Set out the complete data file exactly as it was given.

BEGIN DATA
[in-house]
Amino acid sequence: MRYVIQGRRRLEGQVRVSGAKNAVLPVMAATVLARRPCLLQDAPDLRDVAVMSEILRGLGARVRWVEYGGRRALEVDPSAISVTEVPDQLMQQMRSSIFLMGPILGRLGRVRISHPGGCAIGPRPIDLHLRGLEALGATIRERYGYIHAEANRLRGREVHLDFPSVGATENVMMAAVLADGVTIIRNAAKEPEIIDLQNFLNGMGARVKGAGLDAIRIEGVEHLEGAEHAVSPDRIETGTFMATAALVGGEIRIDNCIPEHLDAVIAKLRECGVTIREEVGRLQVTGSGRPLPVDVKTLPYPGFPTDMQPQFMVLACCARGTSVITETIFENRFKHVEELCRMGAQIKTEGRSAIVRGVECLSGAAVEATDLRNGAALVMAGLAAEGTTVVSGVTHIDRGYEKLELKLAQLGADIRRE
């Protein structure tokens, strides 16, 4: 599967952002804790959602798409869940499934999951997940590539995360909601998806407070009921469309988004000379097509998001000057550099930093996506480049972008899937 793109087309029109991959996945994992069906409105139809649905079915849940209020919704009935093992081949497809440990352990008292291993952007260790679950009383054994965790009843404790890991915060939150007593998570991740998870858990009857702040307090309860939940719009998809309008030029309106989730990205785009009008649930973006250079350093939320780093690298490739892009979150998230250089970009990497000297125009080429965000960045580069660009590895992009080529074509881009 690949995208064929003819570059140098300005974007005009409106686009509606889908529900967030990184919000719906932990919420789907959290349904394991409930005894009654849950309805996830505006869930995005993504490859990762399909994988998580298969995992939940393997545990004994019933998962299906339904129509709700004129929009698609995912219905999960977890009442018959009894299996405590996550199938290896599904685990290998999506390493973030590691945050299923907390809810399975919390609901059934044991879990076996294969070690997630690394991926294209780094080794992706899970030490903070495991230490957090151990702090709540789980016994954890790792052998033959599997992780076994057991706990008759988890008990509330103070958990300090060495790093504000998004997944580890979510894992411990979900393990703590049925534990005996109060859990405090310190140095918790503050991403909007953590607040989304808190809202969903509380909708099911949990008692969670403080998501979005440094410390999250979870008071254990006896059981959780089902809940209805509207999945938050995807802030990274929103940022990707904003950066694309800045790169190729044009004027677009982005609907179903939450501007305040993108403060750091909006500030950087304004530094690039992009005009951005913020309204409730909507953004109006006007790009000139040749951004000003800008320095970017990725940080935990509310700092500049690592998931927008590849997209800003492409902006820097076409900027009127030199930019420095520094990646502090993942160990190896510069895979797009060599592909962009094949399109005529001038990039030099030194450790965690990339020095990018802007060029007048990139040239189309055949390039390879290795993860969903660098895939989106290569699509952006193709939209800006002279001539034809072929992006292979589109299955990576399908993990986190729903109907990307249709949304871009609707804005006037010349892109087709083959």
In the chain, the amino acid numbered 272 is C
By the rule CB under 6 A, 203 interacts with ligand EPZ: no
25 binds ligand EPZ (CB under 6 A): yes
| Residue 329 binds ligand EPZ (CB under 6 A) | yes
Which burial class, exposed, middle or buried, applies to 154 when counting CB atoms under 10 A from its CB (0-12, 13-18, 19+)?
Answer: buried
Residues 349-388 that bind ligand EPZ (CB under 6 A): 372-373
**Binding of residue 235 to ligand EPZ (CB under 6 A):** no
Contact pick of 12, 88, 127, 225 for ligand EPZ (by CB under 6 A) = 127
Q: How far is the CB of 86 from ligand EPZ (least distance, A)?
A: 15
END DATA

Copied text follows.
[in-house]
Amino acid sequence: MRYVIQGRRRLEGQVRVSGAKNAVLPVMAATVLARRPCLLQDAPDLRDVAVMSEILRGLGARVRWVEYGGRRALEVDPSAISVTEVPDQLMQQMRSSIFLMGPILGRLGRVRISHPGGCAIGPRPIDLHLRGLEALGATIRERYGYIHAEANRLRGREVHLDFPSVGATENVMMAAVLADGVTIIRNAAKEPEIIDLQNFLNGMGARVKGAGLDAIRIEGVEHLEGAEHAVSPDRIETGTFMATAALVGGEIRIDNCIPEHLDAVIAKLRECGVTIREEVGRLQVTGSGRPLPVDVKTLPYPGFPTDMQPQFMVLACCARGTSVITETIFENRFKHVEELCRMGAQIKTEGRSAIVRGVECLSGAAVEATDLRNGAALVMAGLAAEGTTVVSGVTHIDRGYEKLELKLAQLGADIRRE
């Protein structure tokens, strides 16, 4: 599967952002804790959602798409869940499934999951997940590539995360909601998806407070009921469309988004000379097509998001000057550099930093996506480049972008899937 793109087309029109991959996945994992069906409105139809649905079915849940209020919704009935093992081949497809440990352990008292291993952007260790679950009383054994965790009843404790890991915060939150007593998570991740998870858990009857702040307090309860939940719009998809309008030029309106989730990205785009009008649930973006250079350093939320780093690298490739892009979150998230250089970009990497000297125009080429965000960045580069660009590895992009080529074509881009 690949995208064929003819570059140098300005974007005009409106686009509606889908529900967030990184919000719906932990919420789907959290349904394991409930005894009654849950309805996830505006869930995005993504490859990762399909994988998580298969995992939940393997545990004994019933998962299906339904129509709700004129929009698609995912219905999960977890009442018959009894299996405590996550199938290896599904685990290998999506390493973030590691945050299923907390809810399975919390609901059934044991879990076996294969070690997630690394991926294209780094080794992706899970030490903070495991230490957090151990702090709540789980016994954890790792052998033959599997992780076994057991706990008759988890008990509330103070958990300090060495790093504000998004997944580890979510894992411990979900393990703590049925534990005996109060859990405090310190140095918790503050991403909007953590607040989304808190809202969903509380909708099911949990008692969670403080998501979005440094410390999250979870008071254990006896059981959780089902809940209805509207999945938050995807802030990274929103940022990707904003950066694309800045790169190729044009004027677009982005609907179903939450501007305040993108403060750091909006500030950087304004530094690039992009005009951005913020309204409730909507953004109006006007790009000139040749951004000003800008320095970017990725940080935990509310700092500049690592998931927008590849997209800003492409902006820097076409900027009127030199930019420095520094990646502090993942160990190896510069895979797009060599592909962009094949399109005529001038990039030099030194450790965690990339020095990018802007060029007048990139040239189309055949390039390879290795993860969903660098895939989106290569699509952006193709939209800006002279001539034809072929992006292979589109299955990576399908993990986190729903109907990307249709949304871009609707804005006037010349892109087709083959």
In the chain, the amino acid numbered 272 is C
By the rule CB under 6 A, 203 interacts with ligand EPZ: no
25 binds ligand EPZ (CB under 6 A): yes
| Residue 329 binds ligand EPZ (CB under 6 A) | yes
Which burial class, exposed, middle or buried, applies to 154 when counting CB atoms under 10 A from its CB (0-12, 13-18, 19+)?
Answer: buried
Residues 349-388 that bind ligand EPZ (CB under 6 A): 372-373
**Binding of residue 235 to ligand EPZ (CB under 6 A):** no
Contact pick of 12, 88, 127, 225 for ligand EPZ (by CB under 6 A) = 127
Q: How far is the CB of 86 from ligand EPZ (least distance, A)?
A: 15